instead of working on a WIP, I started a new project. I started a new project over one on 32 count fabric using a single thread choice for the entire project. I might have mentioned that blackwork (and redwork) and other single thread color projects are not my favorites. But at least this project is small and the thread is a variegated thread from Weeks Dye Works.
How did I choose this project? Well, like many of you I have collected a few freebie patterns. Probably fewer than many of you, but I do have some. However, I have never stitched a single freebie. I thought it was about time. After working on the brown pumpkin I needed a project that could provide some "instant" gratification. There is something about finishing a letter that just makes you think, "DONE!"
Another reason for picking this pattern was to use up some discontinued Weeks Dye Works colors. When I added all my Weeks Dye Works colors into the database, I noticed that there were some new colors and some discontinued colors. Of all the discontinued colors there were three of them that I really liked. So I went online and ordered them while stores still had them in stock. That still left a dozen or more colors that I didn't like enough to stock up on, but I didn't dislike enough to throw away. What to do? Find a pattern that would use a discontinued color! (In this case WDW 2116, Blue Fescue, a mixed blue and gray.) So I started this single color freebie sampler.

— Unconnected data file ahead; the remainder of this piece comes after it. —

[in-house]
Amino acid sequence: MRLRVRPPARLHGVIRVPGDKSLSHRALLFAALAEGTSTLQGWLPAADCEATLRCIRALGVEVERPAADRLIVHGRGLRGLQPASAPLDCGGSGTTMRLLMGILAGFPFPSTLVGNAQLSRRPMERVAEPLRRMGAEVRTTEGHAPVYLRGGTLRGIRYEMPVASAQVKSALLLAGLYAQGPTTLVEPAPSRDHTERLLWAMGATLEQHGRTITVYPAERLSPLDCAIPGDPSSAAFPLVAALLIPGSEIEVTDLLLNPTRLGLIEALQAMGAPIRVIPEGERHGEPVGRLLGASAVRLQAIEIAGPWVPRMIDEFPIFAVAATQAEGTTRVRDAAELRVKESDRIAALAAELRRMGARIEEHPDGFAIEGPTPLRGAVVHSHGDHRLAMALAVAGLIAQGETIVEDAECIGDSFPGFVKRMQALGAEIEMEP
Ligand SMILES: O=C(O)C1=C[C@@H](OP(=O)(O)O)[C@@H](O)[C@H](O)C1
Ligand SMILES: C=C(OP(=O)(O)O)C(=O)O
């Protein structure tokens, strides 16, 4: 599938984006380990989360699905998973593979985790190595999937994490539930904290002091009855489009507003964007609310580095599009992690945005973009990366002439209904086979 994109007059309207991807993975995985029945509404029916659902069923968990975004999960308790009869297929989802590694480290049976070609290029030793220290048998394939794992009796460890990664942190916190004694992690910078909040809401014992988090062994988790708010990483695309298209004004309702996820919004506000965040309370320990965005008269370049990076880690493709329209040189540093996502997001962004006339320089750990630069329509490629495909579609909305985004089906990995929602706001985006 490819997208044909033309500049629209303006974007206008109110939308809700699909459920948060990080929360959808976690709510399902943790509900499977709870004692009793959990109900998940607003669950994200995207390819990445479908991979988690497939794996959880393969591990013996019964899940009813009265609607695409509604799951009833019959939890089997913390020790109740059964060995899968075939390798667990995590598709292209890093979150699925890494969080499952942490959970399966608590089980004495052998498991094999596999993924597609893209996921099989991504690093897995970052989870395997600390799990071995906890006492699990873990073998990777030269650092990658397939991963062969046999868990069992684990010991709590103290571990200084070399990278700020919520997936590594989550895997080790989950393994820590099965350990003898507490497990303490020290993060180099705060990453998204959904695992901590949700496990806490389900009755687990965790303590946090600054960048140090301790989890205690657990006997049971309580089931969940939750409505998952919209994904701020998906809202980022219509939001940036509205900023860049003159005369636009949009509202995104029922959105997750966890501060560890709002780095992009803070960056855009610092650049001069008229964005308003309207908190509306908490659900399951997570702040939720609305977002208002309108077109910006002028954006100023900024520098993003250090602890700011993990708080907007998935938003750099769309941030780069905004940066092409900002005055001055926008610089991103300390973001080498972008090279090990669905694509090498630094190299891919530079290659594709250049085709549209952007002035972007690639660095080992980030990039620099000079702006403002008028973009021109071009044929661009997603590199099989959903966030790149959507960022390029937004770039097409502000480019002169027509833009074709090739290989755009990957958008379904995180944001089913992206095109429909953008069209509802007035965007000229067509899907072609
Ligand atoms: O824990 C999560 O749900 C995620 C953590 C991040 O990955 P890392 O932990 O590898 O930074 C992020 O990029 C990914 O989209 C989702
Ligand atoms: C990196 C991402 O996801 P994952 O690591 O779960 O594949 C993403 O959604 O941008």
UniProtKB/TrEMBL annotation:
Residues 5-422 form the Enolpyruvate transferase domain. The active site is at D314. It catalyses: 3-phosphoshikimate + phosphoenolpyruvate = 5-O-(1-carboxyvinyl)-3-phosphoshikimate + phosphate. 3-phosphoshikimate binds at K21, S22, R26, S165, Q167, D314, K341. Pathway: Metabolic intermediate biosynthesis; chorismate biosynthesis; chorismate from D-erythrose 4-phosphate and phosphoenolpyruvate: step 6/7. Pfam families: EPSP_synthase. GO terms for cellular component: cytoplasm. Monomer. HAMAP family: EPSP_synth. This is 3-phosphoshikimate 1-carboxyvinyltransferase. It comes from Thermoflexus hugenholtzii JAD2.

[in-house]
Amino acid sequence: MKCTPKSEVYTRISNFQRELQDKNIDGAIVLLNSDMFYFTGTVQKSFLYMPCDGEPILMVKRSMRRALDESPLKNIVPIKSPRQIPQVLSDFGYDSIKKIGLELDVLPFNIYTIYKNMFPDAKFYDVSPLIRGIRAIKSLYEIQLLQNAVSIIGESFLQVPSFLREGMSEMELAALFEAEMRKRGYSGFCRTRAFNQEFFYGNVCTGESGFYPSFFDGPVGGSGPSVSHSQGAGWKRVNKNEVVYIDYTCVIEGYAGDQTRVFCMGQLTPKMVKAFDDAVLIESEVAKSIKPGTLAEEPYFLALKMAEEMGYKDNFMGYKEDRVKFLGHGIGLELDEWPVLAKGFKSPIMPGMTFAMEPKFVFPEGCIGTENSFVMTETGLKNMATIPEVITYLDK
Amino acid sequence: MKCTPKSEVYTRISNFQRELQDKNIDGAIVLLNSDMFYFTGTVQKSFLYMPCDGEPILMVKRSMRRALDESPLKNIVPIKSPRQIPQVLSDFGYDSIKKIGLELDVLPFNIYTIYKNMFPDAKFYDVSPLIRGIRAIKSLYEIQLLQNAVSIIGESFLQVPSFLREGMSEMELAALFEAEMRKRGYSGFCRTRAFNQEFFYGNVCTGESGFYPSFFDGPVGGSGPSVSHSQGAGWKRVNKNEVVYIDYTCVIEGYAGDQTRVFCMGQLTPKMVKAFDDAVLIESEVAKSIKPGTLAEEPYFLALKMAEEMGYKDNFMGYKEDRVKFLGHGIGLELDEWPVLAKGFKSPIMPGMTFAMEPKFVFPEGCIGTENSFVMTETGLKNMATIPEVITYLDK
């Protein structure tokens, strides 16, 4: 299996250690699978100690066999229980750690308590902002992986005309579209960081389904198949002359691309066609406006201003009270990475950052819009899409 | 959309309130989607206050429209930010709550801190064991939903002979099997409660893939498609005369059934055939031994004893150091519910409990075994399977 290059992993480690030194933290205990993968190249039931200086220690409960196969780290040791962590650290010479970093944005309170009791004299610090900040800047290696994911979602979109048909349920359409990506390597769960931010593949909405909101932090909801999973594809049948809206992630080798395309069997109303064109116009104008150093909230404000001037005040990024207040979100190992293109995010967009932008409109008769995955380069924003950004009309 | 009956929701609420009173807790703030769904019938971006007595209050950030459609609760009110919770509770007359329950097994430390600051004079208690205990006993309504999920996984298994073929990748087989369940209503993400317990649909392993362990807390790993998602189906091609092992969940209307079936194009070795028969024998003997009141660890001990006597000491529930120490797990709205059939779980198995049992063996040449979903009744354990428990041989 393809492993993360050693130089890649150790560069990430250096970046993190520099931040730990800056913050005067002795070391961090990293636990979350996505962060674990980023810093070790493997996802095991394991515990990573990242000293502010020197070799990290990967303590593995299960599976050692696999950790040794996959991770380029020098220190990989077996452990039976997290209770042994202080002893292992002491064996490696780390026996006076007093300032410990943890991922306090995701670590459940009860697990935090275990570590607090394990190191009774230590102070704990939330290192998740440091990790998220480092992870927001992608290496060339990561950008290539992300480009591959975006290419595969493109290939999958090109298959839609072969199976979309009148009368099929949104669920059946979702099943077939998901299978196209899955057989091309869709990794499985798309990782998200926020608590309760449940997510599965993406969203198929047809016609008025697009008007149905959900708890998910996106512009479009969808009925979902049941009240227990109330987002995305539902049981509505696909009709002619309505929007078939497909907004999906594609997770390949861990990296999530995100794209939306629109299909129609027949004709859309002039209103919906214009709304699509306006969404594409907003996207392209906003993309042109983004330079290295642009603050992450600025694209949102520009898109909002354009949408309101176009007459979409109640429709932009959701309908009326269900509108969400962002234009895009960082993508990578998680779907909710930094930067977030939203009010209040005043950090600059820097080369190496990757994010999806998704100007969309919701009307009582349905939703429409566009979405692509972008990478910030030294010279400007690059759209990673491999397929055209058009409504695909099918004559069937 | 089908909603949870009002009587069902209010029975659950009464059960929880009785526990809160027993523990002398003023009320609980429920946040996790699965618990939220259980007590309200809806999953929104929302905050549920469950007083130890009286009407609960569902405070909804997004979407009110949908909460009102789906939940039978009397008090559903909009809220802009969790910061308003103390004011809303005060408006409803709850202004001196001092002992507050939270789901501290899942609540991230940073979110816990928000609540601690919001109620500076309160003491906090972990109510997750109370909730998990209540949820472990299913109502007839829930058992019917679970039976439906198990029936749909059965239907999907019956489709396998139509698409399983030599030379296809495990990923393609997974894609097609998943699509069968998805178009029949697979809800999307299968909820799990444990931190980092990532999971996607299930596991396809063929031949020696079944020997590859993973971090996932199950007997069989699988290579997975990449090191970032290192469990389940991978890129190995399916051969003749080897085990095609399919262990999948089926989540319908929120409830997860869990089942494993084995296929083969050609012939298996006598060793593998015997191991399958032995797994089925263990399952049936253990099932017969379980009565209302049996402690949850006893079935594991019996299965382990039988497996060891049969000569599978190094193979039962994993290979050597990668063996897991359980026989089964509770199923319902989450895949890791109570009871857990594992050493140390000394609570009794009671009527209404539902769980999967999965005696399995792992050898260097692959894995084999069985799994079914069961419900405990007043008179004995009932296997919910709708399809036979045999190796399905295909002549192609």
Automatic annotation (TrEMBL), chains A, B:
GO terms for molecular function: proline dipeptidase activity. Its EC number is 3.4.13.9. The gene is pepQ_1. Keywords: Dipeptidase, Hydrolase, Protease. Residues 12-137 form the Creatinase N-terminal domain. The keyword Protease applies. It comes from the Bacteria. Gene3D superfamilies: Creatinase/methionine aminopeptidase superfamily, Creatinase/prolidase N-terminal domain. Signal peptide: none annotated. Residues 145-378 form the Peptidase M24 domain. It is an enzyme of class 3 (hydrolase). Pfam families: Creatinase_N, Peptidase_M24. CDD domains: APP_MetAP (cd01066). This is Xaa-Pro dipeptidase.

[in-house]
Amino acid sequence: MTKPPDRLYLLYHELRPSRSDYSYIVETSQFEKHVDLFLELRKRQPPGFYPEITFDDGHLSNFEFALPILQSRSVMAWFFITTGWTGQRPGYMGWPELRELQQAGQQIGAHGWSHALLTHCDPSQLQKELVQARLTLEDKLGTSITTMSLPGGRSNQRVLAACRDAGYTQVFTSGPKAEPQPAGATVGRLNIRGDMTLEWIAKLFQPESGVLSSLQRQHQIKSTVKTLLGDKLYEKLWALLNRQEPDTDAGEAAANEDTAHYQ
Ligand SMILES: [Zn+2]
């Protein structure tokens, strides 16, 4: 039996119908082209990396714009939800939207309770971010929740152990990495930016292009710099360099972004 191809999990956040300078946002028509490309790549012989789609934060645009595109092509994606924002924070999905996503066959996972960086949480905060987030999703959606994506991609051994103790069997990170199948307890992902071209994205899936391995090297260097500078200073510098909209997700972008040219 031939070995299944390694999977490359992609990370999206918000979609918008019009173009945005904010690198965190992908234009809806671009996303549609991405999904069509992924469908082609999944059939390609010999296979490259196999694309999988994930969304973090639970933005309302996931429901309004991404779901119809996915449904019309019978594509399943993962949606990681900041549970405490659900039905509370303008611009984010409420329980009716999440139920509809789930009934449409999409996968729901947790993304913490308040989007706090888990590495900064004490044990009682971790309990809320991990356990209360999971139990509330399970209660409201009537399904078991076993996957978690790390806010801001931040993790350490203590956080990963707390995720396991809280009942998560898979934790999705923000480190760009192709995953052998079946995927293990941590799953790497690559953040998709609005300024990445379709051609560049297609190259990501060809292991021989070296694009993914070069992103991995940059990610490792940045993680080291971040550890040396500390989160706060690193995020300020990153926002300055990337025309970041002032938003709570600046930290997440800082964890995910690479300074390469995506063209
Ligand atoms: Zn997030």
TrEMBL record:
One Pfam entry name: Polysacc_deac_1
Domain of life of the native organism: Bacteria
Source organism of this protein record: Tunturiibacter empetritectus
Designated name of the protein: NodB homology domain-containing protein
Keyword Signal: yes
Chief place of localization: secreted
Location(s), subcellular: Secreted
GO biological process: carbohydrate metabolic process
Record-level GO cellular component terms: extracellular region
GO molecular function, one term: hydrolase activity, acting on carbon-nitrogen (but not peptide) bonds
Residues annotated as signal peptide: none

This is a pretty small sampler with a lighthouse in the lower left hand corner and no backstitching. :-) I should be able to finish this before I leave for Japan.
H is for Hawaii
We first saw Hawaii in 1977. We were on our way to New Zealand, stopping by as many Pacific islands as we could. We actually were on Oahu for only twelve hours. We arrived early in the morning, rented a car, and drove around the island to the North Shore and back again to the airport before heading off to American Samoa. We were both impressed with the many colored blue ocean waters, the air, the smell of the flowering vegetation, and the steep, green mountains. We took a couple of vacations back to Oahu in the 1980s, then a trip to Kauai and one to the Big Island, but when we hit Maui, I was forever hooked. Not only did you have all the great things that I loved about Oahu, but you also could look out to four islands on the horizon. In the '80s and 90s my husband suggested vacations in Mexico or Europe and my reply was always,"After we take one more trip to Maui." Our only problem was that I could not find a hotel of condo that I really liked staying in. So in 1995, my husband suggested that we look at buying a vacation home on Maui. I gave myself a week and looked at dozens of condos and one house. We bought the house and were perfectly happy in it for several years until someone built a house across the street from us and partially blocked our ocean view. We looked for land to build on in Maui, but there were so many restrictions that we finally bought some ocean front property on Oahu. Unfortunately our eclectic building style was a little too radical for the Honolulu Department of Building Permits and they denied us a building permit. Now there was a little more agricultural land for sale on Maui and we ended up here, on a palm farm around 500 feet above sea level looking straight out to Lanai. It is heavenly.